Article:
This time Forstall didn’t mention AT&T. He didn’t have to. The accompanying slide featured Apple carrier partners great and small, such as LuxGSM (Luxembourg), Telkomsel (Indonesia), VimpelCom (Russia), Telenor (Scandanavia), and Turkcell (Turkey), not to mention the European heavyweights O2, T-Mobile, and Vodafone and even much-maligned Canadian carrier Rogers. The familiar AT&T globe logo was nowhere to be seen. And thus began a cadence of boos along with plenty of derisive laughter.
Now, it’s easy to throw stones from out here. For all I know, AT&T has perfectly good reasons why MMS support isn’t coming until later this summer and tethering is a cypher wrapped in an enigma, smothered in secret sauce. But the company has known about these features for at least as long as the public, which would amount to three months. And Apple’s pointed slides point out that it’s not very happy about the situation either.
Searching for answers
And so I have to ask, what the heck is AT&T thinking? The iPhone is, in many ways, a company-defining product for AT&T’s cellular branch, the former Cingular Wireless. AT&T has been flooded with new customers who have switched to the service, many despite qualms about the quality of its network and coverage, entirely due to the allure of Apple’s breakthrough device. In the U.S., the iPhone is perhaps the most important single cellular handset in existence. And now a new version of the phone’s onboard software is about to launch, with several new capabilities — and AT&T is nowhere to be found.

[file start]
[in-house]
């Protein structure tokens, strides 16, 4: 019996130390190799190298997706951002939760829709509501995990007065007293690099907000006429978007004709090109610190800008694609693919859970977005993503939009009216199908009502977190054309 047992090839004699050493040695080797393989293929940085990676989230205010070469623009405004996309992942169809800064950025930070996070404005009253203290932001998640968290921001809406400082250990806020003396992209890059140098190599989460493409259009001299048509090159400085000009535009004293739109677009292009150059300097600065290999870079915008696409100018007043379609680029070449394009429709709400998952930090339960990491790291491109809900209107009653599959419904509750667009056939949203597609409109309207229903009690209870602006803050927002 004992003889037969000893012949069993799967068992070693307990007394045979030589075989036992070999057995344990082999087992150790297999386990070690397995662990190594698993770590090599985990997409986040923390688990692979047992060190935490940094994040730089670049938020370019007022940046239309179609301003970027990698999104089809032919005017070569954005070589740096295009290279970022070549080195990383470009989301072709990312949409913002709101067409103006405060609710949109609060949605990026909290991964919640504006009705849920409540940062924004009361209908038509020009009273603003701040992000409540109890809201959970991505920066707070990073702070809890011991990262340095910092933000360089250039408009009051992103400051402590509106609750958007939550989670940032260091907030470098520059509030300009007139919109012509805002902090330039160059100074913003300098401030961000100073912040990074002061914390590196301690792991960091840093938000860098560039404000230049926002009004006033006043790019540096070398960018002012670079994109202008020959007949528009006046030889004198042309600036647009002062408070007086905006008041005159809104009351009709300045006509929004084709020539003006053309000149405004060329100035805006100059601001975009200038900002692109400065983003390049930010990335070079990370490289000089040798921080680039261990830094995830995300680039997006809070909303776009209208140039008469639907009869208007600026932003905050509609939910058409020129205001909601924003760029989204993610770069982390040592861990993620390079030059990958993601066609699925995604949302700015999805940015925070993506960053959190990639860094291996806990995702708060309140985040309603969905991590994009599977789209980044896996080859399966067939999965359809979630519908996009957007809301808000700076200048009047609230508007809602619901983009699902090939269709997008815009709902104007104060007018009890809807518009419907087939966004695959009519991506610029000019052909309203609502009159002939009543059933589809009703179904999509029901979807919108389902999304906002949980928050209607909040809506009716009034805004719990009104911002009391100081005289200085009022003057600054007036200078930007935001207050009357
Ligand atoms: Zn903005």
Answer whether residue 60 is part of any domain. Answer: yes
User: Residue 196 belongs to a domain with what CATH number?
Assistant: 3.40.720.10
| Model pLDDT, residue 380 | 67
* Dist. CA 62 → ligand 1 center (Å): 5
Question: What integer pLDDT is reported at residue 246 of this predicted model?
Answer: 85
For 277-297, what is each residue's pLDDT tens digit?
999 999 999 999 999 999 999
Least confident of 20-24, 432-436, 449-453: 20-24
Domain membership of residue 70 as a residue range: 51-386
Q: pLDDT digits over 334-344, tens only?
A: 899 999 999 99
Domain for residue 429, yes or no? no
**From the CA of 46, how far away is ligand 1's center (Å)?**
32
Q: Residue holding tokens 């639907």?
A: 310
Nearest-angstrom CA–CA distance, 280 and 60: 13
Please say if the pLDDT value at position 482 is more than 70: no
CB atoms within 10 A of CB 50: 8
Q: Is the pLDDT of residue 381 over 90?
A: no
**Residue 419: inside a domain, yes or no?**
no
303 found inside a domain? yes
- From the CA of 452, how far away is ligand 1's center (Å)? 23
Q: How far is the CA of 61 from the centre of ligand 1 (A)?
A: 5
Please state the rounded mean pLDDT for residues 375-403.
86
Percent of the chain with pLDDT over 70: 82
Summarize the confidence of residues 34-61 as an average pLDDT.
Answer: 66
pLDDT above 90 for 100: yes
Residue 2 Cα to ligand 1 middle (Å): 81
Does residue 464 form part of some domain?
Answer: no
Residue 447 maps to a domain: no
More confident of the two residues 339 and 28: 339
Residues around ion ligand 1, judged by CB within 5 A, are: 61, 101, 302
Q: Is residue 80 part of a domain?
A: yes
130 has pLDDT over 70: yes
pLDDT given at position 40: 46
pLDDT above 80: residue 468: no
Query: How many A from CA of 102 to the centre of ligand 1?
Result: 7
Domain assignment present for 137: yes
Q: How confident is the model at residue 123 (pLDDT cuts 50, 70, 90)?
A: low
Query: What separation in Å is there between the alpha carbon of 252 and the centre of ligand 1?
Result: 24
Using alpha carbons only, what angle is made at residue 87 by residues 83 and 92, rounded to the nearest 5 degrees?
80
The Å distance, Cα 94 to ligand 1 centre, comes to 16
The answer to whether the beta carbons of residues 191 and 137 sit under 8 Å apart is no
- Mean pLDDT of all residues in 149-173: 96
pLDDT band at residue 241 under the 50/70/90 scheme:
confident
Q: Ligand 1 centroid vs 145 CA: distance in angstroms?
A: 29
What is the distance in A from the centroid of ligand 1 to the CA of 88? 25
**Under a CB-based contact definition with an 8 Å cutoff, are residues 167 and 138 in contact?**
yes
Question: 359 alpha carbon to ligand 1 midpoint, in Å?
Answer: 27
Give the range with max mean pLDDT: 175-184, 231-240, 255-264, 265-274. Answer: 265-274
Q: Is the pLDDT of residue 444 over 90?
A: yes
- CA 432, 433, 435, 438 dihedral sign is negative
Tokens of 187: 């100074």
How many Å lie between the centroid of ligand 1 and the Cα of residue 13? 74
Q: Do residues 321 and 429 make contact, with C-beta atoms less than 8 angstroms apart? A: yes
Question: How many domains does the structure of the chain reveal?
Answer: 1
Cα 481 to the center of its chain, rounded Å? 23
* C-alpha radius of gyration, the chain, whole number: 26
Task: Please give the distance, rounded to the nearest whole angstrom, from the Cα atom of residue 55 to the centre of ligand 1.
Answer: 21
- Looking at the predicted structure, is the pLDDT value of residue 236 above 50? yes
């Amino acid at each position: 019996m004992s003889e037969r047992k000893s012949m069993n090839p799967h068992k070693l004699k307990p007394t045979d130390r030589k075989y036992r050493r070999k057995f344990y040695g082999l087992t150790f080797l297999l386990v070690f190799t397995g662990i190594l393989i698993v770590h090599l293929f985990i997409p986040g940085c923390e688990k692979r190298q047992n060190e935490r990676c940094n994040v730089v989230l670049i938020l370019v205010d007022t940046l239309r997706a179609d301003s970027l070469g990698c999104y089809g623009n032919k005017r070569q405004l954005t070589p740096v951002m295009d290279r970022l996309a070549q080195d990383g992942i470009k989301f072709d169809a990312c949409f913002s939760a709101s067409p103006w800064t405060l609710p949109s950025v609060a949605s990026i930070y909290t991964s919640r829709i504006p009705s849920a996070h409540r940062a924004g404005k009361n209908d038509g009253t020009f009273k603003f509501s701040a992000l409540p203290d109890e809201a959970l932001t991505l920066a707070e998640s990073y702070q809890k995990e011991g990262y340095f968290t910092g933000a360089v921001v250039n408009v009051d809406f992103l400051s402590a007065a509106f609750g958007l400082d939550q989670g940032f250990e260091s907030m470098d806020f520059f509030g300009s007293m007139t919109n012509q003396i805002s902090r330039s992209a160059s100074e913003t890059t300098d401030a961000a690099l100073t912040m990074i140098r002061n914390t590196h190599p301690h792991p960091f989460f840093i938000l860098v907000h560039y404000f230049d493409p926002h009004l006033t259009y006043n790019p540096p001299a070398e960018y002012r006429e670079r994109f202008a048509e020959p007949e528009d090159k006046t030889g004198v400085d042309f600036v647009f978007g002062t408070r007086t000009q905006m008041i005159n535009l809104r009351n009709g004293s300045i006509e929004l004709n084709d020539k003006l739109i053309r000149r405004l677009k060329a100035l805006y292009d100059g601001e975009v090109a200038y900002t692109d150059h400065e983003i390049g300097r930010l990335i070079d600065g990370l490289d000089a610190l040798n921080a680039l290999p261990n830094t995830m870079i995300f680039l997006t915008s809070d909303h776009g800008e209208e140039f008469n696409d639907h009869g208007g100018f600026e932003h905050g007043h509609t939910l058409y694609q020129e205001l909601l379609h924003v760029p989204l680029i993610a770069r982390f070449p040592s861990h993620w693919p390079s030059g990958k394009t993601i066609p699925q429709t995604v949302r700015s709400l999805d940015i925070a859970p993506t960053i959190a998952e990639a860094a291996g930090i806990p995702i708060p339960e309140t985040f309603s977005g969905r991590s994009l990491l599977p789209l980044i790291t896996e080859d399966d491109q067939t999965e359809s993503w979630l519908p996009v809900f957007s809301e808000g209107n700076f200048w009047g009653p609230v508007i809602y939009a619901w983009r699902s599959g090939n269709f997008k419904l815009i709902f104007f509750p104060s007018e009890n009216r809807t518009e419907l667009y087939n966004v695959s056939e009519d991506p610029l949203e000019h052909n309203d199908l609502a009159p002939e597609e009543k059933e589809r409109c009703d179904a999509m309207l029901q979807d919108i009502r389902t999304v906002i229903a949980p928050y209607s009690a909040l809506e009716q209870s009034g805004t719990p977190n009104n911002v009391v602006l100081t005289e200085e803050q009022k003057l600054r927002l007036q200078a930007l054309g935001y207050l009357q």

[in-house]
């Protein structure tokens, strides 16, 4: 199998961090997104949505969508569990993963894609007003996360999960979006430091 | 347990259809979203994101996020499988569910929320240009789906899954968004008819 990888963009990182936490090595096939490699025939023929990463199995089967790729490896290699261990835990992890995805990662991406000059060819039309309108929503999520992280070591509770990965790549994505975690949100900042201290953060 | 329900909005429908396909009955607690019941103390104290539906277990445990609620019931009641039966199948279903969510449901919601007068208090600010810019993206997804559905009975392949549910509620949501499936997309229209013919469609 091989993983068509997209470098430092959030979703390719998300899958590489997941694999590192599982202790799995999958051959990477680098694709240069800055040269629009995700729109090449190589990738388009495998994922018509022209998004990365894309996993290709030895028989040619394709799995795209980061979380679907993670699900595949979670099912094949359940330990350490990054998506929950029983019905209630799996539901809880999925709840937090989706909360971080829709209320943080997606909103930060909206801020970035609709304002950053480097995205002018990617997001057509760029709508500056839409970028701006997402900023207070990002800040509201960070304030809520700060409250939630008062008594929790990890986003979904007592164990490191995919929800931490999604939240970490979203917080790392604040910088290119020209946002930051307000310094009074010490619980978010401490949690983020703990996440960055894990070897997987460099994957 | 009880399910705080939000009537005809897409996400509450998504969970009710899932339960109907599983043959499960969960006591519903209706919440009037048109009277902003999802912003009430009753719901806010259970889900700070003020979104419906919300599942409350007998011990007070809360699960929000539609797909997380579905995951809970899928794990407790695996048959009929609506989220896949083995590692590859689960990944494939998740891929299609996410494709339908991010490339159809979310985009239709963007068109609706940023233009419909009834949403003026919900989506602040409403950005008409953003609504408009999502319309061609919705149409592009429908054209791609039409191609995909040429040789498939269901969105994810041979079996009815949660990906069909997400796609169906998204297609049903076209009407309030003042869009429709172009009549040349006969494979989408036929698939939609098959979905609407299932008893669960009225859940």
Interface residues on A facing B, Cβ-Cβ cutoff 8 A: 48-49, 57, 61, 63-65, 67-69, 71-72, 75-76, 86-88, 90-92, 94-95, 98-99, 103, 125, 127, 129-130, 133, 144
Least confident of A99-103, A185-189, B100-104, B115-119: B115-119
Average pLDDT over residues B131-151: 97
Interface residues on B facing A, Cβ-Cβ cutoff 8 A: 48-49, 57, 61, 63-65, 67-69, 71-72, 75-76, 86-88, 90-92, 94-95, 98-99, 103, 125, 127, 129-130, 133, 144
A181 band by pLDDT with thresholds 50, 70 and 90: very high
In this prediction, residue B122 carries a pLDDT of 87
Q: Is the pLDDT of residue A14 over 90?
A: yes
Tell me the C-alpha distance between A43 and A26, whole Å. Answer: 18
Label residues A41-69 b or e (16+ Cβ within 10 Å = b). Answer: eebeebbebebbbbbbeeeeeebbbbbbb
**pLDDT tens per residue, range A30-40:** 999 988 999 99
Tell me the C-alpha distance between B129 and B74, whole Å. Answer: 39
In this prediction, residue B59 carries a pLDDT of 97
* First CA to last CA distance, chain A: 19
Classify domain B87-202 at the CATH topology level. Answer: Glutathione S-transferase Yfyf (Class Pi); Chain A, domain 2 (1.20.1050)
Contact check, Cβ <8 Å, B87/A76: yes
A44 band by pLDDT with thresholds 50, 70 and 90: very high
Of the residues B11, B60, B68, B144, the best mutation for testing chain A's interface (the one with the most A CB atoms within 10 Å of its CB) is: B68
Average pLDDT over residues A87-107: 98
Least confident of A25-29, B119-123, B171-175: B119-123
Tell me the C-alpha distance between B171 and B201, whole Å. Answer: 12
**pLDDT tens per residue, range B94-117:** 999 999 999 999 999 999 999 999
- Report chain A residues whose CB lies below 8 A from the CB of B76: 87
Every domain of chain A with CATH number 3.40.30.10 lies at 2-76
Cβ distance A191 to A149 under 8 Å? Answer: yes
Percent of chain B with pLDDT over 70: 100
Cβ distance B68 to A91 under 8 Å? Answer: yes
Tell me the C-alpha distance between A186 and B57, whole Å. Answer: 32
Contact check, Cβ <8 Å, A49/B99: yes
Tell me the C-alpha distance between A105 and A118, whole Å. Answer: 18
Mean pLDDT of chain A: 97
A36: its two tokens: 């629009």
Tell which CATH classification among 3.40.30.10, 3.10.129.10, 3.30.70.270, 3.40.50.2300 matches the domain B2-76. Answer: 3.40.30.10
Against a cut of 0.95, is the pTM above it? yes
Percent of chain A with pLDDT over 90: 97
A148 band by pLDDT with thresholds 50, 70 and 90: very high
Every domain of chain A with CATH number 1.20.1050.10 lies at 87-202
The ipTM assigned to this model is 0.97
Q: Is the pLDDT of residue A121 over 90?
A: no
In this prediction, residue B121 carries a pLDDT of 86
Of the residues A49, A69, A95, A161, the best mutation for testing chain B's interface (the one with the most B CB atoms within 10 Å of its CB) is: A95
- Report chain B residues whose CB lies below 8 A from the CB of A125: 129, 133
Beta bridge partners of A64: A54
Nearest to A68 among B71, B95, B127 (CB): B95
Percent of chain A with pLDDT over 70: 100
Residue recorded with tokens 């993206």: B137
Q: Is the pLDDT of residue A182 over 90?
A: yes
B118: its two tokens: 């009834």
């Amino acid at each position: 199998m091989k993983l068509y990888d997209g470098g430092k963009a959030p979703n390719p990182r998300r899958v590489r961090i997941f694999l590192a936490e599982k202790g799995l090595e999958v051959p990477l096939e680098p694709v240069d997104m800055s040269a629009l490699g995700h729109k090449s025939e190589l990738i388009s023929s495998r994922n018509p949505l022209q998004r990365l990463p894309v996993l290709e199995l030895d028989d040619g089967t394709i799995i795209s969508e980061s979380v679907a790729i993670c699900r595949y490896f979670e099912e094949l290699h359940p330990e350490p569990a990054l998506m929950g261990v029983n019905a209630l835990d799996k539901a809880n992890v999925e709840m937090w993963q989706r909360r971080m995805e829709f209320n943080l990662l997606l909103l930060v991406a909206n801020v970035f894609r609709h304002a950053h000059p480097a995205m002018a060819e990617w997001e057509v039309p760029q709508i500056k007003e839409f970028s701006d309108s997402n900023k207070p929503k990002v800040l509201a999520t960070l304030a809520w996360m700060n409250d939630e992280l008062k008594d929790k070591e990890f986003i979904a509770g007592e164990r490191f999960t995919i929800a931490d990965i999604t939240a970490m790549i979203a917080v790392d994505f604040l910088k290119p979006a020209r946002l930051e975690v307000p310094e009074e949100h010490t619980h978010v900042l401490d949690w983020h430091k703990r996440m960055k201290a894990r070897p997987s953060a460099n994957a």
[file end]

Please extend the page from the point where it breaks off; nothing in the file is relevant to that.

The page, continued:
It just doesn’t make sense, and not just from the perspective of rabid iPhone fans who will download the 3.0 software update as soon as it’s available Wednesday. It doesn’t make business sense to me, either. Surely AT&T is aware that many iPhone buyers are early-adopters, people who embrace products that are on the cutting edge of new technologies. These are the people who will use MMS and tethering on the iPhone, if it’s available.